Doctor discovery and consultation platform Lybrate has launched GoodMD, a networking platform exclusively for doctors to voice their opinions on regulatory and administrative issues in healthcare. The company said it came up with GoodMD since due to a lack of an online space where medical professionals could talk to each other. 

Lybrate claims that GoodMD has allowed doctors to talk about issues like the National Medical Council Bill and Bridge Course, which has been a controversial issue in the medical community.

The GoodMD claims to have 70,000 doctors across specialties.

Registration and news feeds

MediaNama was able to create an account with GoodMD, and although we were asked for qualification proof, registration proof, and a government issued photo ID, there was an option to continue without the documents. An abridged or incomplete version of the platform is offered without the documents. Doctors’ posts cannot be viewed fully and neither could we post anything.


GoodMD offers a ‘Feed’ where there are doctors’ posts about patients, health conditions, and hospitals. While signing up, a user is asked for city of practice, stream (allopathy / AYUSH / veterinary / undergraduate student), and specialty of practice. The feed appears to be curated accordingly since we saw posts from general surgeons – what we signed up as while creating an account. We were unable to access MedShorts, which presumably is a 360-word micro-blogging platform within GoodMD.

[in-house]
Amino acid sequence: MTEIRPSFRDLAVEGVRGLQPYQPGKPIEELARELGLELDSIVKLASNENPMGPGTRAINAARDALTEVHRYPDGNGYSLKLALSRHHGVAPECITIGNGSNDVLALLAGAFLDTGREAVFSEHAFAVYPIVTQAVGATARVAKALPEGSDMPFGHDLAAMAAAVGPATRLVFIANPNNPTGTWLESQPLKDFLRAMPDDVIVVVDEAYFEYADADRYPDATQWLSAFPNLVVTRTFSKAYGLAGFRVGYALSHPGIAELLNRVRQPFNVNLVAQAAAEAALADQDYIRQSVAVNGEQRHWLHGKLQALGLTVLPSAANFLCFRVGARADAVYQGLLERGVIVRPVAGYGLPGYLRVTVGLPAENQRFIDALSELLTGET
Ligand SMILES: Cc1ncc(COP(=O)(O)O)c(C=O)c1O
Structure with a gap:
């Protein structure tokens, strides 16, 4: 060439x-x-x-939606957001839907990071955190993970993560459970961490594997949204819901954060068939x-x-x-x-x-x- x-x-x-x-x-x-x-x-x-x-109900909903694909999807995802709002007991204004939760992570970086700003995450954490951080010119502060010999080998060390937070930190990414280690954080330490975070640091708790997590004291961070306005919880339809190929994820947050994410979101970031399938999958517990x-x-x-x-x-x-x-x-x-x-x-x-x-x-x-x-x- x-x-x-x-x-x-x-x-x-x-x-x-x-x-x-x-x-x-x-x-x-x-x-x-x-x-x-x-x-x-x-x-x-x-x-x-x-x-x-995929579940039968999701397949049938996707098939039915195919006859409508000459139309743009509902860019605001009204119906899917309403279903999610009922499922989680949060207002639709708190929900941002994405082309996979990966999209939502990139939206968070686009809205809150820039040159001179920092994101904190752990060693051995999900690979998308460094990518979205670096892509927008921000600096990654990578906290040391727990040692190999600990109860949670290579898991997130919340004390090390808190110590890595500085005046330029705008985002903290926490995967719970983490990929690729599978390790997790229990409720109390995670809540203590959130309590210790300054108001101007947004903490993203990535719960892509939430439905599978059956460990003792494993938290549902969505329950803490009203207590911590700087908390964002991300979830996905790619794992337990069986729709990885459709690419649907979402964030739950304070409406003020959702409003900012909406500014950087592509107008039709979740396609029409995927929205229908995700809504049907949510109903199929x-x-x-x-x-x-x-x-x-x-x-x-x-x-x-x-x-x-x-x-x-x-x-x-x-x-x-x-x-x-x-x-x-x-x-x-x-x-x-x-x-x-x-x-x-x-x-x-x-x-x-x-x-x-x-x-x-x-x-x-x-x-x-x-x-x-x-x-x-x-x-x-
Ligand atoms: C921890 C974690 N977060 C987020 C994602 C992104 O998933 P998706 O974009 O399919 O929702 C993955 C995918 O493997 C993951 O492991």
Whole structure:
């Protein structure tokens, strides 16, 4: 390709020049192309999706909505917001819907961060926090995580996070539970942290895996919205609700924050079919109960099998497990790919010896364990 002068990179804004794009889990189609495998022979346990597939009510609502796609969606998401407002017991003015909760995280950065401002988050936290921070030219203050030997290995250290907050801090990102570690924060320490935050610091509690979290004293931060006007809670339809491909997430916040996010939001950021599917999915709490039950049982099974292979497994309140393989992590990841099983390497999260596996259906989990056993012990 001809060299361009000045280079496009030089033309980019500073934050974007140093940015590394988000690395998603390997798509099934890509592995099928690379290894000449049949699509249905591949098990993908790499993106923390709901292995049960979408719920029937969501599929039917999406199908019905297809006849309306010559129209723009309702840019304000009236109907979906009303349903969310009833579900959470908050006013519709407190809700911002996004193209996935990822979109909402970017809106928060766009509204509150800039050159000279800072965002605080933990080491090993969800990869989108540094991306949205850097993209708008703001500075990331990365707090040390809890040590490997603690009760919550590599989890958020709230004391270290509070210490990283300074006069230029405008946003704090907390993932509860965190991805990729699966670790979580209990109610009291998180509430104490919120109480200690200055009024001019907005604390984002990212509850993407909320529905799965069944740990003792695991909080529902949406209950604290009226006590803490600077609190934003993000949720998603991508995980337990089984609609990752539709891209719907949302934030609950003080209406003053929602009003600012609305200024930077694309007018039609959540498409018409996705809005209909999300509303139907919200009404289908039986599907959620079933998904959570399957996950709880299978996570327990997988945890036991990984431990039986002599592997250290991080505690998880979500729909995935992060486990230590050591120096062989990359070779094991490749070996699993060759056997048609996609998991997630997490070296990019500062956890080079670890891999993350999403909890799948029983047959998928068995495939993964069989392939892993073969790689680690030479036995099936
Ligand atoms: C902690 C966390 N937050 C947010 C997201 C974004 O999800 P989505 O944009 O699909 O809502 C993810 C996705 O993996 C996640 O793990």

Content policy?

The GoodMD feed had posts by doctors talking about patients’ medical conditions, their cases, some posts seeking medical advice, and so on. We did not see any personally identifiable information, but it would most definitely be interesting to look at the platform’s content policies, especially since medical information is sensitive data. At present, GoodMD is a section on Lybrate, and we assume Lybrate’s content policy would apply, but we have reached out to the company for further details. 

Lybrate was founded in 2014, and offers online consultation with doctors. It also offers a lab service and offers sample pick-ups. It claims to have 150,000 doctors and ‘health experts’ and raised $10.2 million in July 2015.